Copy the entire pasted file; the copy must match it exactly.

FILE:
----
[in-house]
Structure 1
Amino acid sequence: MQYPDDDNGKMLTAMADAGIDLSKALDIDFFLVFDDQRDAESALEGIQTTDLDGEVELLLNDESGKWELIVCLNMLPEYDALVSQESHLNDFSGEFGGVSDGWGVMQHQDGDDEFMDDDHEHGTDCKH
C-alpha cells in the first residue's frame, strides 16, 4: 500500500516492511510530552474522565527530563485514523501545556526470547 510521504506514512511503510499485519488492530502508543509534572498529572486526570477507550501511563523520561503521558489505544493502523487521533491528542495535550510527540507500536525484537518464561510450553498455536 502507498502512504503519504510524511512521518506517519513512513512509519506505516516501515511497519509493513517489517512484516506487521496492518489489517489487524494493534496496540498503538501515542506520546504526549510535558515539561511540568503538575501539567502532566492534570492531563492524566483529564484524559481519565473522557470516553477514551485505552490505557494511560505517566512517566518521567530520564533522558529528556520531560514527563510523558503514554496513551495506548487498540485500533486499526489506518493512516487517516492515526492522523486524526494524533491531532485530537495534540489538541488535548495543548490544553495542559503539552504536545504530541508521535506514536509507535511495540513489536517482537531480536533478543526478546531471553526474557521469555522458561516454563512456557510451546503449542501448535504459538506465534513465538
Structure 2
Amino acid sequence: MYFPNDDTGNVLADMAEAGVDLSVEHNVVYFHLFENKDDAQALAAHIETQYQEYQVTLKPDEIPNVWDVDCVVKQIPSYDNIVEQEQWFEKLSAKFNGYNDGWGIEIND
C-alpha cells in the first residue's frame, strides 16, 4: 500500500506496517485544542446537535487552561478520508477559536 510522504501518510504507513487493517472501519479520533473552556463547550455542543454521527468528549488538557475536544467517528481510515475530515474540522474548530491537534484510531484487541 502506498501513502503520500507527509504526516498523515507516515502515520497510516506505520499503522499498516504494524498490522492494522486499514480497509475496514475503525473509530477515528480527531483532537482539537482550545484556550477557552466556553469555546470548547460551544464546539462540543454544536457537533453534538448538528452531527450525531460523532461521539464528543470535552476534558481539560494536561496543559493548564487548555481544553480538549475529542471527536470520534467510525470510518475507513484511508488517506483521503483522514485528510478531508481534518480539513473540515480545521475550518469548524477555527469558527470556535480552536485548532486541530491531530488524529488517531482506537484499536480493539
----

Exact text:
[in-house]
Structure 1
Amino acid sequence: MQYPDDDNGKMLTAMADAGIDLSKALDIDFFLVFDDQRDAESALEGIQTTDLDGEVELLLNDESGKWELIVCLNMLPEYDALVSQESHLNDFSGEFGGVSDGWGVMQHQDGDDEFMDDDHEHGTDCKH
C-alpha cells in the first residue's frame, strides 16, 4: 500500500516492511510530552474522565527530563485514523501545556526470547 510521504506514512511503510499485519488492530502508543509534572498529572486526570477507550501511563523520561503521558489505544493502523487521533491528542495535550510527540507500536525484537518464561510450553498455536 502507498502512504503519504510524511512521518506517519513512513512509519506505516516501515511497519509493513517489517512484516506487521496492518489489517489487524494493534496496540498503538501515542506520546504526549510535558515539561511540568503538575501539567502532566492534570492531563492524566483529564484524559481519565473522557470516553477514551485505552490505557494511560505517566512517566518521567530520564533522558529528556520531560514527563510523558503514554496513551495506548487498540485500533486499526489506518493512516487517516492515526492522523486524526494524533491531532485530537495534540489538541488535548495543548490544553495542559503539552504536545504530541508521535506514536509507535511495540513489536517482537531480536533478543526478546531471553526474557521469555522458561516454563512456557510451546503449542501448535504459538506465534513465538
Structure 2
Amino acid sequence: MYFPNDDTGNVLADMAEAGVDLSVEHNVVYFHLFENKDDAQALAAHIETQYQEYQVTLKPDEIPNVWDVDCVVKQIPSYDNIVEQEQWFEKLSAKFNGYNDGWGIEIND
C-alpha cells in the first residue's frame, strides 16, 4: 500500500506496517485544542446537535487552561478520508477559536 510522504501518510504507513487493517472501519479520533473552556463547550455542543454521527468528549488538557475536544467517528481510515475530515474540522474548530491537534484510531484487541 502506498501513502503520500507527509504526516498523515507516515502515520497510516506505520499503522499498516504494524498490522492494522486499514480497509475496514475503525473509530477515528480527531483532537482539537482550545484556550477557552466556553469555546470548547460551544464546539462540543454544536457537533453534538448538528452531527450525531460523532461521539464528543470535552476534558481539560494536561496543559493548564487548555481544553480538549475529542471527536470520534467510525470510518475507513484511508488517506483521503483522514485528510478531508481534518480539513473540515480545521475550518469548524477555527469558527470556535480552536485548532486541530491531530488524529488517531482506537484499536480493539